Month: February 2017

5 Tips to Learn Hebrew Verbs

th-1The hardest part of learning Hebrew as a second language is the conjugation of verbs.

If you live in Israel and hear Hebrew 14 hours a day either by listening to people talk, listening to the radio, tv, talking to people, learning Hebrew songs you may get by and not learn the formal rules of verb conjugations and… after three years or so you’ll be able to formulate most of the verbs by just hearing them over and over again.

For those of you who do not live in Israel and live and breathe the language every day and all day long, there’s, unfortunately, no short cut. If you’re looking for one and jump from present tense to past tense to future from one family to another without building a sound foundation of the verbs you most likely fall into a dark pit and will be quite frustrated.

In order to have a smooth sailing and easy climb, you have to understand the overall idea behind the verbs and their various families, they way they look and their characteristics. I’ve been teaching Hebrew to all ages for many years noticing the frustrations students expressed when we got to the conjugation of verbs. No matter how well was my teaching, they studied it robotically without understanding the meaning behind each of the SEVEN FAMILIES (I followed the book I was instructed to use). That behooved me to come up with a way that illustrates the characteristics of each family and how to differentiate between regular and irregular verbs for each of the Seven Families (binyanim – בִּנְיָנִים = structures/buildings) to a point where anybody could study and understand it with ease.

I put together all my successful actions in a book called: Hebrew Binyanim Made Easy, The Missing Link I can’t recommend it enough.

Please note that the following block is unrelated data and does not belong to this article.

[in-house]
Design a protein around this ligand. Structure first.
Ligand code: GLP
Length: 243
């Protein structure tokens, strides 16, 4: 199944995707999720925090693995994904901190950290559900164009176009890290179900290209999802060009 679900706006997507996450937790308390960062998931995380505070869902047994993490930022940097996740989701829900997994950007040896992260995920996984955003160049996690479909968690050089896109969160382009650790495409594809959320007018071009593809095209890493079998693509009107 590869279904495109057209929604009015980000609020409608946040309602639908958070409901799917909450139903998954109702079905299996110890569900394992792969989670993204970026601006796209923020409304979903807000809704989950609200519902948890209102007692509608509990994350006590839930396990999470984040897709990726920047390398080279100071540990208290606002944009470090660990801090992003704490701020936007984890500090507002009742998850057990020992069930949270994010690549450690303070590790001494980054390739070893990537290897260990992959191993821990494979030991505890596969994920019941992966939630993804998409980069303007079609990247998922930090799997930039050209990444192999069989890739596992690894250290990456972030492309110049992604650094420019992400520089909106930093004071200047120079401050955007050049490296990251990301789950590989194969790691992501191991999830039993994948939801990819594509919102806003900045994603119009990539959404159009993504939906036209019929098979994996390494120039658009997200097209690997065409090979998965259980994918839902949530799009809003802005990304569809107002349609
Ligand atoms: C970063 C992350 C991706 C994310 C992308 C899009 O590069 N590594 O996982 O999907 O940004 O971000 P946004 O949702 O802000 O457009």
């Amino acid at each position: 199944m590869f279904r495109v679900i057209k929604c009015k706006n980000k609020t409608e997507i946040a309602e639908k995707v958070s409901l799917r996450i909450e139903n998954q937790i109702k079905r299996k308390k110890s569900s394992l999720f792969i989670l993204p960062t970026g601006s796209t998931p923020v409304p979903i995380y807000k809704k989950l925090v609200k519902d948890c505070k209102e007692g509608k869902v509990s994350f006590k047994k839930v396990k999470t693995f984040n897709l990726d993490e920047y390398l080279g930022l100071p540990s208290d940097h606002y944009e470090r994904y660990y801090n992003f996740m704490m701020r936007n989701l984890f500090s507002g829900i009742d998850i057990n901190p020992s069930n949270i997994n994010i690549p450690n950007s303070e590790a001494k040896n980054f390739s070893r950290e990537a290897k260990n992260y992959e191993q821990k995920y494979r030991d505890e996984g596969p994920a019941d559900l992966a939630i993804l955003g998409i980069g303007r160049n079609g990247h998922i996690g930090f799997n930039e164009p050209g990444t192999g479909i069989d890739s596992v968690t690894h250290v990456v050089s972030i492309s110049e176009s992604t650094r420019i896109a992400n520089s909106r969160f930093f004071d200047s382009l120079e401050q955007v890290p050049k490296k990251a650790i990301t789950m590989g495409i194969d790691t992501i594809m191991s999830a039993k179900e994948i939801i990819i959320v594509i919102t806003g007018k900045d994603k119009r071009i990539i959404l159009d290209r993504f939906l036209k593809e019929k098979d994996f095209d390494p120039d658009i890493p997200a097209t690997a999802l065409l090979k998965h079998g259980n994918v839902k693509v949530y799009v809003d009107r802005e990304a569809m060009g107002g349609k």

Here is what I suggest in learning verb conjugations:

  1. Start learning the simple conjugations of the Present Tense first. Get the feel of the language and don’t think too much. Just know how to say them.
  2. Once you speak and know how to form basic Hebrew verbs in the Present Tense, learn how to form the infinitive of each of the groups. At this point, you would want to choose a model, or the book you use may suggest it, such as my series: Speak Hebrew For Real Primer and Beginner level. (Sorry if don’t sound too humble but I DO know that this series is fantastic for building up confidence in conjugations of verbs and more).
  3. When you know how to conjugate the infinitives now you’re ready for the Past Tense. All you have to know is first: the suffixes (ending) for each pronoun in the Past Tense. Once you got this out of the way, you’ll be learning how to conjugate only the Third Person first (he, she, they), and there’s a reason why you would start with these pronouns. Only after you have learned to conjugate the Third Person, you’ll learn the First and Second Person. If the book is a good book it will teach you the past tense of the easiest family first and only ONE verb that thereafter will serve you as your MODEL.
  4. Continue to the next group or subgroup the same way. Third Person and then First and Second Persons while remembering to concentrate on the model for each group.
  5. The book should tell you what makes a verb an irregular verb and how to recognize it. Once you know how to recognize it (it is not too difficult once you get the rules) all you have to do is conjugate the model first and then replace it with the new verb.

It may sound too complicated but if you follow this route you’ll end up winning, and will not be frustrated anymore. Yes, it takes work and a lot of repetition but you’ll be getting a wonderful fishing pole and would not need to resort to more books as you’ll become a professional fisherman/woman.

I wish you good fishing. דַיִג טוב!

Ruti Yudovich

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